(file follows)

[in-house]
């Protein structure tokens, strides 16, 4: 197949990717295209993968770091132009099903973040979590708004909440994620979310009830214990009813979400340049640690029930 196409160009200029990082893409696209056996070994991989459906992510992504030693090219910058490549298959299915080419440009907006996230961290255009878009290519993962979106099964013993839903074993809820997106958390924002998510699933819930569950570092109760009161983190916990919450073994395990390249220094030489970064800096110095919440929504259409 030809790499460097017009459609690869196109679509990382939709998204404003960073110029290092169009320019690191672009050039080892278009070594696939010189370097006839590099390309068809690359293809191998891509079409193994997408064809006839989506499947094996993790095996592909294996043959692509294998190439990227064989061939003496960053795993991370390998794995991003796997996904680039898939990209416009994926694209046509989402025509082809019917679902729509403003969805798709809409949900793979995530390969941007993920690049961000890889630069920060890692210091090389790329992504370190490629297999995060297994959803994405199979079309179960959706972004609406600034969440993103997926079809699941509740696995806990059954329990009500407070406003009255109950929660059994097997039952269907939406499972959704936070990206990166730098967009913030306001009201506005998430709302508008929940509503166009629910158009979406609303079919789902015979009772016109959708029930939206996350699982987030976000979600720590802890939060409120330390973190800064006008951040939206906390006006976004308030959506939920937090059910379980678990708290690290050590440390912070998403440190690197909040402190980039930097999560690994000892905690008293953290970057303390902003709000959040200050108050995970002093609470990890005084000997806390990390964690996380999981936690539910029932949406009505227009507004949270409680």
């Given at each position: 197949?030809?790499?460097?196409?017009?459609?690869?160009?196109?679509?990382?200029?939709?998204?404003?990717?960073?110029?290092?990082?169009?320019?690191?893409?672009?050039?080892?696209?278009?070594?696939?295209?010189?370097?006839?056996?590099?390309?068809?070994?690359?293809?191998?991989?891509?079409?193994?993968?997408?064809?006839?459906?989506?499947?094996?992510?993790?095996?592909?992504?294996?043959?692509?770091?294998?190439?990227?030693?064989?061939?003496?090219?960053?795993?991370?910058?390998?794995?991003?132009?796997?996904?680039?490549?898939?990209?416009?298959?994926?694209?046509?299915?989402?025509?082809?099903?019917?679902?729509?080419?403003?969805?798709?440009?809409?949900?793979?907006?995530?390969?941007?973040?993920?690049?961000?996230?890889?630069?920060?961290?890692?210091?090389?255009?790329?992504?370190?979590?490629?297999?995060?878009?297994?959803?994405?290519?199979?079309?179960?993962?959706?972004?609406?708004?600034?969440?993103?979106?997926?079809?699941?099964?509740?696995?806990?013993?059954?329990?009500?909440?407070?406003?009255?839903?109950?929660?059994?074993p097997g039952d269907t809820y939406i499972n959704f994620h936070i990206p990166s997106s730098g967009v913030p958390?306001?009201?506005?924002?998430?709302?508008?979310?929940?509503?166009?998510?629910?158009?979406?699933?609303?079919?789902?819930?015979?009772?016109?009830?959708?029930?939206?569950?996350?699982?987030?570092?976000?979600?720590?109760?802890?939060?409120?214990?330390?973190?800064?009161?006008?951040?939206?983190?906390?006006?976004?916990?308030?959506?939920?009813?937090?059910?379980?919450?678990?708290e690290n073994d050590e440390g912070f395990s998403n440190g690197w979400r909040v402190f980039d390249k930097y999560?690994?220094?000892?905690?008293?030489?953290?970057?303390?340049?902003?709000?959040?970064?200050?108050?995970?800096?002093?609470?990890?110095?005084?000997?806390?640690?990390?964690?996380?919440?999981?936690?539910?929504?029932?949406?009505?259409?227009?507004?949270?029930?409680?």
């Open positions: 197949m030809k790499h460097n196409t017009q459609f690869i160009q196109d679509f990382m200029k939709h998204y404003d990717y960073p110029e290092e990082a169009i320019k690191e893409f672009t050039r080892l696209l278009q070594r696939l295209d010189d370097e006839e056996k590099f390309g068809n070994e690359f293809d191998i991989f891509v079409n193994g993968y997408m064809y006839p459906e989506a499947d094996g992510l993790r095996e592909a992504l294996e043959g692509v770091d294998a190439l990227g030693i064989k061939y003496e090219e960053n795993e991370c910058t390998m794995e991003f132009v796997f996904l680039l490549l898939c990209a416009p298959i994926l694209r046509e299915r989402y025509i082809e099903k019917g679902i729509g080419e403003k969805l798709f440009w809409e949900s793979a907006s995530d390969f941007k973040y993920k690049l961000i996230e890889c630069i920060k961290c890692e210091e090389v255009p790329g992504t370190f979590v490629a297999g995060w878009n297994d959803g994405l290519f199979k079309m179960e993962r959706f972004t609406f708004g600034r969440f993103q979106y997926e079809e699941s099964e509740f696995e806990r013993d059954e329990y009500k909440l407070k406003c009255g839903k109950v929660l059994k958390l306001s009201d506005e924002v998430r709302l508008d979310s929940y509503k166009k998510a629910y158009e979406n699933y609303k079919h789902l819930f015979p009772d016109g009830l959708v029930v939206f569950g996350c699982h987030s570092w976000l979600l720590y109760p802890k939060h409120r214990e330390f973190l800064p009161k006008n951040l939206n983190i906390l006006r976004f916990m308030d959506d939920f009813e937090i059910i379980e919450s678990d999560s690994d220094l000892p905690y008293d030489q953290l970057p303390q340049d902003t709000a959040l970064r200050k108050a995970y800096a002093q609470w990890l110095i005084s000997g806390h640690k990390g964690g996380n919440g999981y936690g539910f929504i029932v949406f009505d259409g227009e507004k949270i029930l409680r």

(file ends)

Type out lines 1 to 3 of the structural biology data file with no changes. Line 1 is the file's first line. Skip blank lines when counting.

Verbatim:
[in-house]
């Protein structure tokens, strides 16, 4: 197949990717295209993968770091132009099903973040979590708004909440994620979310009830214990009813979400340049640690029930 196409160009200029990082893409696209056996070994991989459906992510992504030693090219910058490549298959299915080419440009907006996230961290255009878009290519993962979106099964013993839903074993809820997106958390924002998510699933819930569950570092109760009161983190916990919450073994395990390249220094030489970064800096110095919440929504259409 030809790499460097017009459609690869196109679509990382939709998204404003960073110029290092169009320019690191672009050039080892278009070594696939010189370097006839590099390309068809690359293809191998891509079409193994997408064809006839989506499947094996993790095996592909294996043959692509294998190439990227064989061939003496960053795993991370390998794995991003796997996904680039898939990209416009994926694209046509989402025509082809019917679902729509403003969805798709809409949900793979995530390969941007993920690049961000890889630069920060890692210091090389790329992504370190490629297999995060297994959803994405199979079309179960959706972004609406600034969440993103997926079809699941509740696995806990059954329990009500407070406003009255109950929660059994097997039952269907939406499972959704936070990206990166730098967009913030306001009201506005998430709302508008929940509503166009629910158009979406609303079919789902015979009772016109959708029930939206996350699982987030976000979600720590802890939060409120330390973190800064006008951040939206906390006006976004308030959506939920937090059910379980678990708290690290050590440390912070998403440190690197909040402190980039930097999560690994000892905690008293953290970057303390902003709000959040200050108050995970002093609470990890005084000997806390990390964690996380999981936690539910029932949406009505227009507004949270409680």
């Given at each position: 197949?030809?790499?460097?196409?017009?459609?690869?160009?196109?679509?990382?200029?939709?998204?404003?990717?960073?110029?290092?990082?169009?320019?690191?893409?672009?050039?080892?696209?278009?070594?696939?295209?010189?370097?006839?056996?590099?390309?068809?070994?690359?293809?191998?991989?891509?079409?193994?993968?997408?064809?006839?459906?989506?499947?094996?992510?993790?095996?592909?992504?294996?043959?692509?770091?294998?190439?990227?030693?064989?061939?003496?090219?960053?795993?991370?910058?390998?794995?991003?132009?796997?996904?680039?490549?898939?990209?416009?298959?994926?694209?046509?299915?989402?025509?082809?099903?019917?679902?729509?080419?403003?969805?798709?440009?809409?949900?793979?907006?995530?390969?941007?973040?993920?690049?961000?996230?890889?630069?920060?961290?890692?210091?090389?255009?790329?992504?370190?979590?490629?297999?995060?878009?297994?959803?994405?290519?199979?079309?179960?993962?959706?972004?609406?708004?600034?969440?993103?979106?997926?079809?699941?099964?509740?696995?806990?013993?059954?329990?009500?909440?407070?406003?009255?839903?109950?929660?059994?074993p097997g039952d269907t809820y939406i499972n959704f994620h936070i990206p990166s997106s730098g967009v913030p958390?306001?009201?506005?924002?998430?709302?508008?979310?929940?509503?166009?998510?629910?158009?979406?699933?609303?079919?789902?819930?015979?009772?016109?009830?959708?029930?939206?569950?996350?699982?987030?570092?976000?979600?720590?109760?802890?939060?409120?214990?330390?973190?800064?009161?006008?951040?939206?983190?906390?006006?976004?916990?308030?959506?939920?009813?937090?059910?379980?919450?678990?708290e690290n073994d050590e440390g912070f395990s998403n440190g690197w979400r909040v402190f980039d390249k930097y999560?690994?220094?000892?905690?008293?030489?953290?970057?303390?340049?902003?709000?959040?970064?200050?108050?995970?800096?002093?609470?990890?110095?005084?000997?806390?640690?990390?964690?996380?919440?999981?936690?539910?929504?029932?949406?009505?259409?227009?507004?949270?029930?409680?």